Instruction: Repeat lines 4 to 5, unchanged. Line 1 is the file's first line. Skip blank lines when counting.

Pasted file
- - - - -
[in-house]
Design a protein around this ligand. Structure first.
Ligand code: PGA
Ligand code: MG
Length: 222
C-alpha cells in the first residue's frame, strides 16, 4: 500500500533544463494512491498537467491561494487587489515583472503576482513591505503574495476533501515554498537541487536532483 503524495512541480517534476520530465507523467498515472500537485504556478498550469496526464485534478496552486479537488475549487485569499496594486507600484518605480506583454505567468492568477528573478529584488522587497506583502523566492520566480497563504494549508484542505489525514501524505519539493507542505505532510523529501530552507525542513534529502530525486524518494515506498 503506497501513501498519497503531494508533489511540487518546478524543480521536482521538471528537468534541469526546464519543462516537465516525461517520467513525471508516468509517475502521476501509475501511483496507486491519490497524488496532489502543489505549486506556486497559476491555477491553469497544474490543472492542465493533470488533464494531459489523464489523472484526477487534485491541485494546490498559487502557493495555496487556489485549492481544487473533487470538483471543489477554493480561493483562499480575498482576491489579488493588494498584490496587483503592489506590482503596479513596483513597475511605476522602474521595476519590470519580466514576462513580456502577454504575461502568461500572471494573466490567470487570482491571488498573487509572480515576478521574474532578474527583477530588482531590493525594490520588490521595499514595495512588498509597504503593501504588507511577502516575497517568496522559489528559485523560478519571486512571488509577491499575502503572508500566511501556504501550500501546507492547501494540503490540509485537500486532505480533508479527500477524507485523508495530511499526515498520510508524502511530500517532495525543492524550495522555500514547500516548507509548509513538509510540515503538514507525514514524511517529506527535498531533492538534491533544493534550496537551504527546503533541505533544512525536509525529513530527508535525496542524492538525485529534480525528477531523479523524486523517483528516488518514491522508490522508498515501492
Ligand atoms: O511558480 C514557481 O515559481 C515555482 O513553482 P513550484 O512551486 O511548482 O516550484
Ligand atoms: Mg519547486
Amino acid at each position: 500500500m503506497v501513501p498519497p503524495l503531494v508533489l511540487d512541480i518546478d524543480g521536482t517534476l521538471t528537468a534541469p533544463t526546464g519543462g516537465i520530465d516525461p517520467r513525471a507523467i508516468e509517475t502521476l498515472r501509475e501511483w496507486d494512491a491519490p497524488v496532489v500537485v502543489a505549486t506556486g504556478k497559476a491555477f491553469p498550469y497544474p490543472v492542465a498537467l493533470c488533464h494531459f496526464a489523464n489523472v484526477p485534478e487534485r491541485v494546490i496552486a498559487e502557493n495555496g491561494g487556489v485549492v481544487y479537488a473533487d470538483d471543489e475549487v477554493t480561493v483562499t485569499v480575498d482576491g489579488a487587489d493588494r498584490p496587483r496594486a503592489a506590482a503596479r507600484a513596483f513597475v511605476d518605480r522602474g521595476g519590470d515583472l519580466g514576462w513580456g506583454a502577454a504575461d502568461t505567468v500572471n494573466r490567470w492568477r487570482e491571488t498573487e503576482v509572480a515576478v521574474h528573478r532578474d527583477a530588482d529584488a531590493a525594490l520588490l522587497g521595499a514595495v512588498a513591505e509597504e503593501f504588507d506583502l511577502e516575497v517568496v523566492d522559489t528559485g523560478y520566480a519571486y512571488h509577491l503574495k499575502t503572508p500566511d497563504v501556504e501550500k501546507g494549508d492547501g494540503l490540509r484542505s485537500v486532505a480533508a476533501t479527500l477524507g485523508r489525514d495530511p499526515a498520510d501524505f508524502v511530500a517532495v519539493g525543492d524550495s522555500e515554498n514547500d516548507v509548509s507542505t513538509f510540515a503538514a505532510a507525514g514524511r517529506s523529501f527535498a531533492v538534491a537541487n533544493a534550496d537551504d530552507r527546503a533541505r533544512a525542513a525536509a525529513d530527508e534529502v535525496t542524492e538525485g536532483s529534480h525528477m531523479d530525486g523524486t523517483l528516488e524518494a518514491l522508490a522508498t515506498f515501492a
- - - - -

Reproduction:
Ligand code: MG
Length: 222